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ABR reader expert on Beat Generation of writers

By KBell
Nov. 28, 2011 at 5:28 a.m.
Updated Nov. 29, 2011 at 5:29 a.m.


Here's an excerpt from a chapter titled "John Tytell and Allen Ginsberg, picking vegetables, 1973" in a book he created with his wife, photographer Mellon Tytell, who captured pictures of the beat writers.

"Ginsberg invited me to his farm in Cherry Valley, just south of Cooperstown, for a week around Labor Day in 1973. Mellon and I drove there from Vermont in an Austin Mini, a tiny, square breadbox of a car, which we had reupholstered in a yellow fabric with purple polka dots. The car featured thirteen upside-down American flag decals decorating a dent in the rear. The cockeyed flags were a statement of sorts, and they got us stopped occasionally by police.

The first thing Allen asked me as I emerged from my car was whether we had met previously. If there was a touch of suspicion in his query, I understood that it came from an ancient antipathy between the artist and the biographer, who so often represents a betrayal by oversimplifying the poet's pure vision.

I see a familial resemblance in the photograph, and the beards, as in an old Smith Brothers advertisement for Jewish cough syrup, do look similar, untripped and earthy in the untrammeled spirit still evident in the early 1970s. If I seem placid and self-contained, that was merely an exhausted pose for the click of the shutter.

Full of excitement and curiosity, I released a lot of energy bending and stooping in the vegetable patch that week, picking beans and tomatoes with Allen. I had a little notebook in my back pocket in which I would scribble with dirt-soaked fingers while Allen answered some of my questions about Beat history or Burroughs's and Kerouac's fiction.

There was something unpretentious and natural about the process. My purpose was intellectual, the discovery of a literary dynamic that had occurred decades earlier, which was already filtered and perhaps fogged by memory and time. History could nourish the imagination, and aesthetics seemed more exotic than the squash and cucumbers at my feet. Harvesting the vegetables, however, grounded me, a reminder of the real work ahead."


WHAT: ABR presents John Tytell

WHEN: Noon Thursday

WHERE: Alcorn Auditorium of UHV University West, 3007 N. Ben Wilson St.

COST: Free to the public, and light refreshments will be served.

Just after John Tytell was born in Belgium in 1939, the Nazi invasion forced his family to flee to New York.

Years later, Tytell would be solidified as a literary critic of a group of writers he said were crucial in American life after World War II.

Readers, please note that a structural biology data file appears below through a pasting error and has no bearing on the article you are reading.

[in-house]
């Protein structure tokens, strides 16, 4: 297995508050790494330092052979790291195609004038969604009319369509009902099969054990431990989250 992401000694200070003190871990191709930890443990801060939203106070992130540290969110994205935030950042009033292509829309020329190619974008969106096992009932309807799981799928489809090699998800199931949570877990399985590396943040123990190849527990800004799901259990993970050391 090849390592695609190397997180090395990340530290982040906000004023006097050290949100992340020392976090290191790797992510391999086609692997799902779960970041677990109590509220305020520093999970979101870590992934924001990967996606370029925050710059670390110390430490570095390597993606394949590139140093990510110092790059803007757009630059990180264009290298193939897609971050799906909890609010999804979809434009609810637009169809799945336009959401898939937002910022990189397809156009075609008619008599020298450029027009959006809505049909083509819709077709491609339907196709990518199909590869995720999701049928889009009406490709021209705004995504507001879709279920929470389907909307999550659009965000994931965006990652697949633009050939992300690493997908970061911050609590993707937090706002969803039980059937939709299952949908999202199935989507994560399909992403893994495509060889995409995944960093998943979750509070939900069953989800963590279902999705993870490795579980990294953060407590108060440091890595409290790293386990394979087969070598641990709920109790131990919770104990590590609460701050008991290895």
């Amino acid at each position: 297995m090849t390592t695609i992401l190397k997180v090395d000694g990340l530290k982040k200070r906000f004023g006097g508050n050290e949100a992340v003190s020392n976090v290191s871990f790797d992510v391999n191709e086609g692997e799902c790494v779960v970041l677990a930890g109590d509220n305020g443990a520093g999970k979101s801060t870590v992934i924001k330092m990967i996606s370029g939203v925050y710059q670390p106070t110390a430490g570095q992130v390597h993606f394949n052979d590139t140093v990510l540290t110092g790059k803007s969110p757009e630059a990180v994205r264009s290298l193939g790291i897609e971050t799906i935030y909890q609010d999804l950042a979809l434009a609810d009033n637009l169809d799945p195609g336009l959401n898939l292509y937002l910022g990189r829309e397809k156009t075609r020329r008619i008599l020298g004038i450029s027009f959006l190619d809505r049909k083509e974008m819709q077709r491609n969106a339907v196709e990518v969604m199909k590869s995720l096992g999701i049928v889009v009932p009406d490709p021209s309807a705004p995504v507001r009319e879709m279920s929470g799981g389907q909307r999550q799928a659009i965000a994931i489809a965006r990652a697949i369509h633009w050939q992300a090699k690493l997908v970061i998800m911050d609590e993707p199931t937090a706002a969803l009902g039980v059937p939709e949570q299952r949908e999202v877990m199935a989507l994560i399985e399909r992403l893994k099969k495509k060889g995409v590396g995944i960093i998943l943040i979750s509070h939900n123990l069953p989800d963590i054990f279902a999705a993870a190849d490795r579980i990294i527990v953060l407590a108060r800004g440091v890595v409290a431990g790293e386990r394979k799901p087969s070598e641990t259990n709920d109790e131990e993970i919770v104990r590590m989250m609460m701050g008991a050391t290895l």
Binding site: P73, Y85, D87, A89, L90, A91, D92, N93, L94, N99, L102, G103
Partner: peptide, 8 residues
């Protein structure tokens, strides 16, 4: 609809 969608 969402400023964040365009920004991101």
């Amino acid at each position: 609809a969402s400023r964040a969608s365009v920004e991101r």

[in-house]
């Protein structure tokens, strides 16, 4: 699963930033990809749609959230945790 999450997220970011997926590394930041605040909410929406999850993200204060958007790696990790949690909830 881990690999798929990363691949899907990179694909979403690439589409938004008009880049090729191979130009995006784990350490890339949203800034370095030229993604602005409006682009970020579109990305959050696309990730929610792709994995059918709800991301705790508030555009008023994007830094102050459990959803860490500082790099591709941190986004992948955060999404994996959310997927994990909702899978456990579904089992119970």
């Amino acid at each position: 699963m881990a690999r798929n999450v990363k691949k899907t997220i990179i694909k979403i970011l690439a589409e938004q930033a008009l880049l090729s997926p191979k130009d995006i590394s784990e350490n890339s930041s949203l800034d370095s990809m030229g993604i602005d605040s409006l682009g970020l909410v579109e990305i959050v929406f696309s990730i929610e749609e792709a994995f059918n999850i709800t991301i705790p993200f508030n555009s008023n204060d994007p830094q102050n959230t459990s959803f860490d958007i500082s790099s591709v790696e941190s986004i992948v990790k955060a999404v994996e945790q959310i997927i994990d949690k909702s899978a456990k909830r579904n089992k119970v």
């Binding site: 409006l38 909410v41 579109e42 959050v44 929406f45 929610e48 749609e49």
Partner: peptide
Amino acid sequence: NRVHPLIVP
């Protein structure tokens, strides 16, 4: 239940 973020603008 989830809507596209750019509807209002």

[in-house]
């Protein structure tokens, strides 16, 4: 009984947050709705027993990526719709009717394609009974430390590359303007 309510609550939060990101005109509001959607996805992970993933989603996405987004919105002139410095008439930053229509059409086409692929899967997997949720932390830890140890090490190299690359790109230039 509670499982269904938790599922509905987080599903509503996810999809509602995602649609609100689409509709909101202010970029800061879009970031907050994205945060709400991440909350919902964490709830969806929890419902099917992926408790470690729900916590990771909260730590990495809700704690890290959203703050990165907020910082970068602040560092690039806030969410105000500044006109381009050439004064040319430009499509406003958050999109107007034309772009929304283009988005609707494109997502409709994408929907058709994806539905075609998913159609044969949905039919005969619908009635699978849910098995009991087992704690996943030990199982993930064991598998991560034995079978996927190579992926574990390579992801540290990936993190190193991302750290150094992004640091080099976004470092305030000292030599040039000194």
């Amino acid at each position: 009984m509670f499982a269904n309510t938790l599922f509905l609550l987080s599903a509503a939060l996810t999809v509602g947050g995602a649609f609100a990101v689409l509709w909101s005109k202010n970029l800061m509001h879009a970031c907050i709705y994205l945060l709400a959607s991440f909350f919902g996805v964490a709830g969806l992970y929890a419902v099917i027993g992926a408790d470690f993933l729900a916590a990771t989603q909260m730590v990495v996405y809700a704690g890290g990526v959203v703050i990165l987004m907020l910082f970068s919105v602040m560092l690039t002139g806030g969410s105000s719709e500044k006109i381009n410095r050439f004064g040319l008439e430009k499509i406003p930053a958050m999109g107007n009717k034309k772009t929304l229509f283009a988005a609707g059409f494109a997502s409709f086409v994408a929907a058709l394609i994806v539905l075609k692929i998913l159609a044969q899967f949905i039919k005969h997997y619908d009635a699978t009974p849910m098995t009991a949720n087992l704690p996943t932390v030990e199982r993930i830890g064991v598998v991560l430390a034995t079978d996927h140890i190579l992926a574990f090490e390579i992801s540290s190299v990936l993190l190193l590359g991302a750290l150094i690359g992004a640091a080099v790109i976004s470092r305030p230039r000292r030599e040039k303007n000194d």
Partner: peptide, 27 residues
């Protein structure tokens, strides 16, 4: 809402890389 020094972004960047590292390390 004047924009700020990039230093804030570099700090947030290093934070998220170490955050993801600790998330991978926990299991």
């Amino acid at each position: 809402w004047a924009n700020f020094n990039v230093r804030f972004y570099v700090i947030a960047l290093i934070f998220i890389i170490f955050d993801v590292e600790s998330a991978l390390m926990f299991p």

Growing up and studying in New York City, Tytell had the idea to explore a group of American writers who had been mostly disparaged after their post-war works. The writers - most notably Allen Ginsburg, William S. Burroughs and Jack Kerouac - were part of the Beat Generation, which extolled a counter-culture of nonconformity and creativity.

"They saw issues invisible to most of us at the time," Tytell said. "They were artists that were neglected in their own culture. I thought they needed to be rectified. That's the job of the critic."

Tytell's book about the Beat Generation, "Naked Angels," was printed in 1976 and hasn't stopped printing since. It's been called the definitive history of that generation of writers and has been printed in several languages and countries.

Tytell will bring his knowledge of contemporary American literature to UHV as its American Book Review speaker on Thursday.

Along with his personal stories of Beat Generation writers, Tytell will debut a 5,000-word piece on the dynamic between writers and editors, which will be part of a future book, he said.

"Many of these stories have never been told," he said, relaying a tale about a dynamic blowout Jack Kerouac once had with an editor.

He'll also talk about the man Tytell considers to be the most important editor in the 20th century, Ezra Pound.

"He introduced everybody to modern writing, and he showed them how to do it," Tytell said.

Pound, whose students included T.S. Eliot and Ernest Hemingway, is a controversial figure in American literature with a mixed legacy, as the United States found him guilty of treason in World War II.

Tytell, though, identifies with what he calls a natural activity for him - teaching writers.

He's taught 49 years at Queens College, and teaches graduate courses at NYU. Tytell has written six books - all published by major commercial houses - and articles for Vanity Fair, The New York Times and other newspapers and magazines.

Along the way, he continues to bring attention and understanding to his first intrigue - beat writers.

"Sometimes the truth-sayers aren't nice," Tytell said about the generation. "Sometimes the nice guys are the biggest liars on the planet."

So where does Tytell himself fall in that spectrum?

"I try to wear a tie to class," was all he would quip.



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